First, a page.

It is well past time the Stephen McNeil government and/or the Nova Scotia Utility and Review Board ordered a comprehensive, independent audit of Nova Scotia Power’s performance going back to before it was turned back over the private sector.
Has Nova Scotia Power’s role as cash cow for parent Emera led to reductions in maintenance and emergency personnel, and/or a failure to update and maintain the power grid?
2. Cranky letter of the day
On Feb. 5, Parks Canada delivered a shocking and devastating message (‘Parks Canada scraps plans for war monument at Green Cove,’ Cape Breton Post), which flummoxed, disgusted and inflamed the anger of the citizens North of Smokey.
After four years of support from the Canadian government, a proposed veterans’ memorial was tossed to the curb. This was a project the vast majority of citizens from Smokey to Meat Cove had rallied to support. The almost 1,700 members of ‘the People North of Smokey Who AGREE to Having Our Monument at Green Cove’ united the community. Far from splitting the community, the Mother Canada project gave a united resolve to us. The naysayers were mainly from away.
So once again the people North of Smokey have been let down by Parks Canada. The expropriation of land at $6 an acre and the promise of jobs decades ago was the first kick. Now the politicos and mandarins operating out of Ottawa have disappointed and a wonderful project has been disparaged. Hopes have been dashed.
Despite receiving hundreds of postcards from veterans’ loved ones, 10 petitions with 1,115 signatures, a support letter from 60 former Highlands employees still living North of Smokey and despite Parks Canada’s own mandate, which has been in place since 1985, it chose rocks over veterans.
Article 3.2.5 of the Park’s Management Plan states: “Parks Canada must ensure that cultural resources and cultural landscapes are recognized, protected and presented so that the public can learn about and better appreciate the Park’s cultural heritage.”
The armed forces figure prominently in our culture and our veterans are forever on our mind. Putting up a little birdhouse and acquiring a part-time interpreter for visiting dignitaries does not present our cultural heritage.
So this war is not over. Local veteran Ron Clarke showed us the way when he fought against the closure of the Veterans Affairs offices. Parks Canada, which appointed an overseer to guide the Never Forgotten National Memorial (NFNM) Foundation, has to be held accountable for its about face. The decision makers at Parks Canada, along with Environment Minister Catherine McKenna, must provide answers.
To Minister McKenna, I ask did you meet with the NFNM Foundation or local MP Mark Eyking? Have you visited Green Cove? Did the hundreds of postcards from veterans’ loved ones resonate with you? Did the 10 support petitions get read?
I sent you a comprehensive information package. Was that read? Did you consult with other ministers about the opportunities this memorial would bring to employment, families, small businesses, heritage and veterans? Will you come to Ingonish to explain your decision? And, please, don’t have the temerity to tell us it was a Parks Canada decision.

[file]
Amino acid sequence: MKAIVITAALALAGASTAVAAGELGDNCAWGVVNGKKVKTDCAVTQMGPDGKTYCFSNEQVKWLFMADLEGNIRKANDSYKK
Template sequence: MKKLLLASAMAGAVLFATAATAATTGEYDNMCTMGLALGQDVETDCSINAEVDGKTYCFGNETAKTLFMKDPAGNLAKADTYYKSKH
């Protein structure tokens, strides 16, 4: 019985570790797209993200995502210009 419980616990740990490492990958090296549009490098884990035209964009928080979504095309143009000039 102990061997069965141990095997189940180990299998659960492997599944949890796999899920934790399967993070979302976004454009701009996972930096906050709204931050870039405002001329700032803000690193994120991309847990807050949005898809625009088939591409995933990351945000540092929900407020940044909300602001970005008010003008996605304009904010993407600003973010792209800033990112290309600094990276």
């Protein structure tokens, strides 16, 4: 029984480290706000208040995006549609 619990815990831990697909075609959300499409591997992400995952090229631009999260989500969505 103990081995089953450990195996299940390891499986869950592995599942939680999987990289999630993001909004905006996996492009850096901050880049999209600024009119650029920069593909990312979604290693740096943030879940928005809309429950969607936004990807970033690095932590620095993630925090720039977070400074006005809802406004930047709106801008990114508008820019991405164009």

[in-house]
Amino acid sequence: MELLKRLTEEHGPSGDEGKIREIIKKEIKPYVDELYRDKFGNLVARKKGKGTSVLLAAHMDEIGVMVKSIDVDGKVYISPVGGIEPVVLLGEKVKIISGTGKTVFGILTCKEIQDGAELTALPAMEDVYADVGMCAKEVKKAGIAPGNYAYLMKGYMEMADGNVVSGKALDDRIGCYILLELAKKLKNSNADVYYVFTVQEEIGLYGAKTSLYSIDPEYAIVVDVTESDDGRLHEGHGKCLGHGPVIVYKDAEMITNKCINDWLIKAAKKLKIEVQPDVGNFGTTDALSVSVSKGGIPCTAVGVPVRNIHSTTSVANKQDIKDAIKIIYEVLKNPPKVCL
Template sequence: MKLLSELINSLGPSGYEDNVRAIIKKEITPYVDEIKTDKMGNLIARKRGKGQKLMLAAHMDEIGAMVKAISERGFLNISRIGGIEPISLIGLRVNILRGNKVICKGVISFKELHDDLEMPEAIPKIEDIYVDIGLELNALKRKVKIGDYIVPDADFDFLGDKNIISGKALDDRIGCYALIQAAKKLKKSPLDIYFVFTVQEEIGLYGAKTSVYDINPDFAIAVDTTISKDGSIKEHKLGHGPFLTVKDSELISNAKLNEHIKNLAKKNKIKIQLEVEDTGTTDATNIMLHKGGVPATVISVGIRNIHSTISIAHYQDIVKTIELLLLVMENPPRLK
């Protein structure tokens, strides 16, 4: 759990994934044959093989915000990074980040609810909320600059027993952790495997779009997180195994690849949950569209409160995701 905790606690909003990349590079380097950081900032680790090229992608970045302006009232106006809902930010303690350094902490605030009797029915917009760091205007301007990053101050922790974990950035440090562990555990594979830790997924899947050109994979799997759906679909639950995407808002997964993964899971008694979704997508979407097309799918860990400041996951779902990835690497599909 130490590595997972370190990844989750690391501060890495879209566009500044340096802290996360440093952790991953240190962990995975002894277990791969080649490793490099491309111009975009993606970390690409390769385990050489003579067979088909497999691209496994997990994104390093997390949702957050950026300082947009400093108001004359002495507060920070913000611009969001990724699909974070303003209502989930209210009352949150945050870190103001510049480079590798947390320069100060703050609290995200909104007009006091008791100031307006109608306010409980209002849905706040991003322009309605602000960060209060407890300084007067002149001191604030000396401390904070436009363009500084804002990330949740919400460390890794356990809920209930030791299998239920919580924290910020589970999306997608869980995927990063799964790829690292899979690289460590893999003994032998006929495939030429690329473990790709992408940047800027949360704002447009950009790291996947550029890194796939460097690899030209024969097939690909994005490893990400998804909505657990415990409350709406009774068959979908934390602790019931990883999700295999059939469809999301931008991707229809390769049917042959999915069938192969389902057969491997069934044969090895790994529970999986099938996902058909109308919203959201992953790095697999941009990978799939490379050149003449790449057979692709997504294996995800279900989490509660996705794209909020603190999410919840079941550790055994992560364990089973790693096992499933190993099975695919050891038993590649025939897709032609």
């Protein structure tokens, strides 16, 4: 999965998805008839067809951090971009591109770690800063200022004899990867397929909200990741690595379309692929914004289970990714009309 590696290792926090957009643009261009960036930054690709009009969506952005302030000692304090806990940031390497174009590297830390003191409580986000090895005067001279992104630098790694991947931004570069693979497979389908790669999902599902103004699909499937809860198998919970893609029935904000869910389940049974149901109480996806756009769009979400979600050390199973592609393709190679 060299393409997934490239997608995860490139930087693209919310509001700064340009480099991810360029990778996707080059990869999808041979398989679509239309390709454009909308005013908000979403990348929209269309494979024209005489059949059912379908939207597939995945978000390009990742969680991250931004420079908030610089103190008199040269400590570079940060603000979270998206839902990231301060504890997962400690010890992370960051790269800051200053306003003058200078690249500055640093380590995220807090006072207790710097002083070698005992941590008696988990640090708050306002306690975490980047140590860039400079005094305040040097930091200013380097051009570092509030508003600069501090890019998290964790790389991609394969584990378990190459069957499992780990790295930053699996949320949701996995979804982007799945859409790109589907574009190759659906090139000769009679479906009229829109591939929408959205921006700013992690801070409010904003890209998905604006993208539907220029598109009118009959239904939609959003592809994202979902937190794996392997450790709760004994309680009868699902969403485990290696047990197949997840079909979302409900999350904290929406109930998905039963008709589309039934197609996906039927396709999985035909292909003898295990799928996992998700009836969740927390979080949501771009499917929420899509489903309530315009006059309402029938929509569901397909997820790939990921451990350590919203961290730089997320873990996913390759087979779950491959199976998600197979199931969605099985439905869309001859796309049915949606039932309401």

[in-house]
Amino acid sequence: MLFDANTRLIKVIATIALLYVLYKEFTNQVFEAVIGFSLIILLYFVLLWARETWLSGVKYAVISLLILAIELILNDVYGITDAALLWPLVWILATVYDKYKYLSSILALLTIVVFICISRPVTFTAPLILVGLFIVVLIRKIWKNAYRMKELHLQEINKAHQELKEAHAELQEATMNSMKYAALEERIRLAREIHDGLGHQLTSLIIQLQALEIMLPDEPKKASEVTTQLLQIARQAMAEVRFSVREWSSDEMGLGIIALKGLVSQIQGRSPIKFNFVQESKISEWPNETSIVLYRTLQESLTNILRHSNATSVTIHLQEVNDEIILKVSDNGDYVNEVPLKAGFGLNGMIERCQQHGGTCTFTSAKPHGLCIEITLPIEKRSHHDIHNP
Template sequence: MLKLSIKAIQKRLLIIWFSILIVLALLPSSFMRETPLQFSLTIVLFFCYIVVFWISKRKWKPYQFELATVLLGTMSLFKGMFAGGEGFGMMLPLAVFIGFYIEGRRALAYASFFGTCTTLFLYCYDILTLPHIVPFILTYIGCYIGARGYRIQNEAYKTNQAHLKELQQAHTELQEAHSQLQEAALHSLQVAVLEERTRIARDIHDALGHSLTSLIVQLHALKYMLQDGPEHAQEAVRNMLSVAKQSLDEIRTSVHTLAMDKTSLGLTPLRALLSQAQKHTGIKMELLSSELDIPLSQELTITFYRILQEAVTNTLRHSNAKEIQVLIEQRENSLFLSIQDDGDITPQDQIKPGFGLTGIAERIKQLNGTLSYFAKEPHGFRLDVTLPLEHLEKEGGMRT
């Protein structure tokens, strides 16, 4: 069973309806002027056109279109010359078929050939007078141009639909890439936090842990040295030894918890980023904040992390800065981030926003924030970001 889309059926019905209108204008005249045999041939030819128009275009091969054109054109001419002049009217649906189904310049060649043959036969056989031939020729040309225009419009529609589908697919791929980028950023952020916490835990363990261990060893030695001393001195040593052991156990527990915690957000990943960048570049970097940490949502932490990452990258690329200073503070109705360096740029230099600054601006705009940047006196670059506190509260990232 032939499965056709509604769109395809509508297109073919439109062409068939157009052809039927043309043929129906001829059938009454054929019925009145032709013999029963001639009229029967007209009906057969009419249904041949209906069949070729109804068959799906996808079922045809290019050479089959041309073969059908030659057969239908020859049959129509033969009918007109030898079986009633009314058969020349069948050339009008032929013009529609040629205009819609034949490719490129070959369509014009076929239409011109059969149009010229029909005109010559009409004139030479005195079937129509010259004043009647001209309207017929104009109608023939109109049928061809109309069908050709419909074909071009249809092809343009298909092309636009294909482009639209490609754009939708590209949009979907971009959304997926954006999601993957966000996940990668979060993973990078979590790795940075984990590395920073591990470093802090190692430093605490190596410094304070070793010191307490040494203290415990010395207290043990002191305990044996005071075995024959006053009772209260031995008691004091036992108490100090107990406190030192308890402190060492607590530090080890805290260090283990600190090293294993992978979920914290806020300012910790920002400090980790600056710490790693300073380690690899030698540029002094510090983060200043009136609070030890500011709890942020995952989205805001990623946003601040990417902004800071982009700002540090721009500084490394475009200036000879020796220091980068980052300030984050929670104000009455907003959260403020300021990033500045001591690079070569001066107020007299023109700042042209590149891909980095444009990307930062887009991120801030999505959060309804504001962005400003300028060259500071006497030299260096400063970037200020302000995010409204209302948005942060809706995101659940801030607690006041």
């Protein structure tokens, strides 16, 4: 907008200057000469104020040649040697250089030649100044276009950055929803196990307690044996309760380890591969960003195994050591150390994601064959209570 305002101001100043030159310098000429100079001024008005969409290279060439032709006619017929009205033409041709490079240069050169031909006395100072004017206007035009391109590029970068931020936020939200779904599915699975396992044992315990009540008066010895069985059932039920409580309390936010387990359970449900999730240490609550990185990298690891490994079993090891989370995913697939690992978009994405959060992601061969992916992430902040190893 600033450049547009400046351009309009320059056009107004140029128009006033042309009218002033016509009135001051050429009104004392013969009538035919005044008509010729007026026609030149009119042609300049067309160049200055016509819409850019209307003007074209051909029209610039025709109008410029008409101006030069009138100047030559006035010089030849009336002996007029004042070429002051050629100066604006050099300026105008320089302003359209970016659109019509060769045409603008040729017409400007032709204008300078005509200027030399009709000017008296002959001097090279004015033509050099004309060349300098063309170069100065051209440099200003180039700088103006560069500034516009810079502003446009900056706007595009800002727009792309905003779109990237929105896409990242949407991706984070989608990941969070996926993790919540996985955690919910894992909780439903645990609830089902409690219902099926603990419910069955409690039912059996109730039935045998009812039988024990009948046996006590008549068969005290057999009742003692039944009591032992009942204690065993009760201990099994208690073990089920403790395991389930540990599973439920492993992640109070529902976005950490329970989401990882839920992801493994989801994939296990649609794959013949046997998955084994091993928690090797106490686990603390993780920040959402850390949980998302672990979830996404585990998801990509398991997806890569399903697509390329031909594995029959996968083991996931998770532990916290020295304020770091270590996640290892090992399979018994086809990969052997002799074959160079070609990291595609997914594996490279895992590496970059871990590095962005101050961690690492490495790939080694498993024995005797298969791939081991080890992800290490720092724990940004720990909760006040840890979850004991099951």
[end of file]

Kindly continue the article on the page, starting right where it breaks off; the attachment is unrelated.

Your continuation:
Ray Stapleton, Ingonish Center
Executive Standing Committee (10am, City Hall) — nothing much on the agenda. Without a vote of the full regional council, it’s been decided that “interim” CAO John Traves will hold onto the job until after the election in October.
Police Commission (12:30pm, City Hall) — The commission is reviewing the police department’s operating budget; maybe they’ll hire a bunch of psychics to solve future crimes. You never know.
No public meetings.
Virtual Environments (2:30pm, Rowe 3001) — Jamshid Beheshti, from McGill University, will speak on “Designing Virtual Environments for Children and Teens: Challenges and Opportunities”:
Virtual environments (VEs) provide the unique experience of a sense of being within a 3D space, where the user is involved by interacting with objects. In education, immersion and presence can have strong motivational impact for students, who can actively be engaged in building their own internal models of the world. VEs may also be used as an alternative information retrieval tool by presenting a more engaging browsing environment for children and teens. Creating informational and educational VEs, however, can be perplexing, requiring multitudes of experts, advanced technologies, funds and time. In this presentation the challenges and opportunities in the design process of two different VE projects will be discussed.
Senate (3pm, Theatre A, Sir Charles Tupper Building) — the communications people at Dal make it damn near impossible to find the Senate agendas. Instead of simply posting the agenda on the event page, which would be logical and helpful, they make a separate [email protected] post a week or so before the meeting with the agenda, and so I have to hunt around for it. Today I can’t find it at all.
The PR professionals at Dal get paid a lot of money, but can’t seem to convey simple event information to the public. The university is a public institution, and what goes on there — especially governance issues like Senate meetings — is the public’s business, but the communications department appears not to give two shits about actually informing the public.
Elizabeth May (5:30pm, Room 105, Weldon Law Building) — in this free and public talk, May will speak about democratic reform in Canada.
In the harbour
NYK Deneb, container ship, arrived at Fairview Cove this morning from New York; sails to sea this afternoon
Bahri Yanbu, general cargo, Norfolk to Fairview Cove, then sails to sea
Harmony Leader, car carrier, Sagunto, Spain to Autoport
Singelgracht, cargo, Portland, Maine to anchorage
CSL Meti, bulker, Brayton Point, Rhode Island to National Gypsum
Atlantic Concert, ro-ro container, Norfolk to Fairview Cove
OOCL Antwerp sails to Cagliari, Italy
Halifaxexaminer.ca hit some resource limits over the weekend, and a lot of people had problems accessing the site. I’ve been working to resolve the issue, but I see the site is still a bit sluggish this morning, and I suspect that some people may still have difficulty accessing their accounts. Thanks for your patience.